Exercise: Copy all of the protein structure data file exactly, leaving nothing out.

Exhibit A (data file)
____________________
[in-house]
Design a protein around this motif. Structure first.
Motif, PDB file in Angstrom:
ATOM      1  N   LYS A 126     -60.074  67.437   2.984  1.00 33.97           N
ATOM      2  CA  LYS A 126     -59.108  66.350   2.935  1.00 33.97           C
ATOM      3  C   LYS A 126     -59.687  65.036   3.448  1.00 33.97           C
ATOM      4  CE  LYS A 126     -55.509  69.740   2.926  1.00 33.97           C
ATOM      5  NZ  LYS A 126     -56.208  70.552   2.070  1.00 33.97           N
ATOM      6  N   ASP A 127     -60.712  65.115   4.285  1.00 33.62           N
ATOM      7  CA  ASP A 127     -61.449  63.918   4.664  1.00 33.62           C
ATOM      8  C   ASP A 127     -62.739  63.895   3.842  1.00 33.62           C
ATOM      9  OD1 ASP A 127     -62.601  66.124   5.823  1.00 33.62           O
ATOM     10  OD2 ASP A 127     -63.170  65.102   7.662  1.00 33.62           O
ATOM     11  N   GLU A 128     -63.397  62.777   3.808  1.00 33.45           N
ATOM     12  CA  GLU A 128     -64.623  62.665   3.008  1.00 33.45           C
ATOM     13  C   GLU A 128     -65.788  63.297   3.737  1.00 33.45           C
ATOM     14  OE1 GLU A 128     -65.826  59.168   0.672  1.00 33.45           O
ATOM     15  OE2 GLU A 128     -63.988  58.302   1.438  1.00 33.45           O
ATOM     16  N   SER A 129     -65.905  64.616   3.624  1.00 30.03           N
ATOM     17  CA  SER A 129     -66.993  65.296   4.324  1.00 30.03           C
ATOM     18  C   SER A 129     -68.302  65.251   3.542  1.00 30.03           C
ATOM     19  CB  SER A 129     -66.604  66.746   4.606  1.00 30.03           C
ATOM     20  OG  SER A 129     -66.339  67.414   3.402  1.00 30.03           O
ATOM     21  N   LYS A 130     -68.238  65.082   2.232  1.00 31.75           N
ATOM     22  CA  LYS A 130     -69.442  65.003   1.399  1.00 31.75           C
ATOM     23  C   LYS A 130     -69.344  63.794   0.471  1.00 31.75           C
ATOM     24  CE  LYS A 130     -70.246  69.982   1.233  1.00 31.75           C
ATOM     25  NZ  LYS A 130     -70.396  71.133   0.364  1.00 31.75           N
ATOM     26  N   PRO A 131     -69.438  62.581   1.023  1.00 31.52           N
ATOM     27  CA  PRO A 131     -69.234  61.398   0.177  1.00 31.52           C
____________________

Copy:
[in-house]
Design a protein around this motif. Structure first.
Motif, PDB file in Angstrom:
ATOM      1  N   LYS A 126     -60.074  67.437   2.984  1.00 33.97           N
ATOM      2  CA  LYS A 126     -59.108  66.350   2.935  1.00 33.97           C
ATOM      3  C   LYS A 126     -59.687  65.036   3.448  1.00 33.97           C
ATOM      4  CE  LYS A 126     -55.509  69.740   2.926  1.00 33.97           C
ATOM      5  NZ  LYS A 126     -56.208  70.552   2.070  1.00 33.97           N
ATOM      6  N   ASP A 127     -60.712  65.115   4.285  1.00 33.62           N
ATOM      7  CA  ASP A 127     -61.449  63.918   4.664  1.00 33.62           C
ATOM      8  C   ASP A 127     -62.739  63.895   3.842  1.00 33.62           C
ATOM      9  OD1 ASP A 127     -62.601  66.124   5.823  1.00 33.62           O
ATOM     10  OD2 ASP A 127     -63.170  65.102   7.662  1.00 33.62           O
ATOM     11  N   GLU A 128     -63.397  62.777   3.808  1.00 33.45           N
ATOM     12  CA  GLU A 128     -64.623  62.665   3.008  1.00 33.45           C
ATOM     13  C   GLU A 128     -65.788  63.297   3.737  1.00 33.45           C
ATOM     14  OE1 GLU A 128     -65.826  59.168   0.672  1.00 33.45           O
ATOM     15  OE2 GLU A 128     -63.988  58.302   1.438  1.00 33.45           O
ATOM     16  N   SER A 129     -65.905  64.616   3.624  1.00 30.03           N
ATOM     17  CA  SER A 129     -66.993  65.296   4.324  1.00 30.03           C
ATOM     18  C   SER A 129     -68.302  65.251   3.542  1.00 30.03           C
ATOM     19  CB  SER A 129     -66.604  66.746   4.606  1.00 30.03           C
ATOM     20  OG  SER A 129     -66.339  67.414   3.402  1.00 30.03           O
ATOM     21  N   LYS A 130     -68.238  65.082   2.232  1.00 31.75           N
ATOM     22  CA  LYS A 130     -69.442  65.003   1.399  1.00 31.75           C
ATOM     23  C   LYS A 130     -69.344  63.794   0.471  1.00 31.75           C
ATOM     24  CE  LYS A 130     -70.246  69.982   1.233  1.00 31.75           C
ATOM     25  NZ  LYS A 130     -70.396  71.133   0.364  1.00 31.75           N
ATOM     26  N   PRO A 131     -69.438  62.581   1.023  1.00 31.52           N
ATOM     27  CA  PRO A 131     -69.234  61.398   0.177  1.00 31.52           C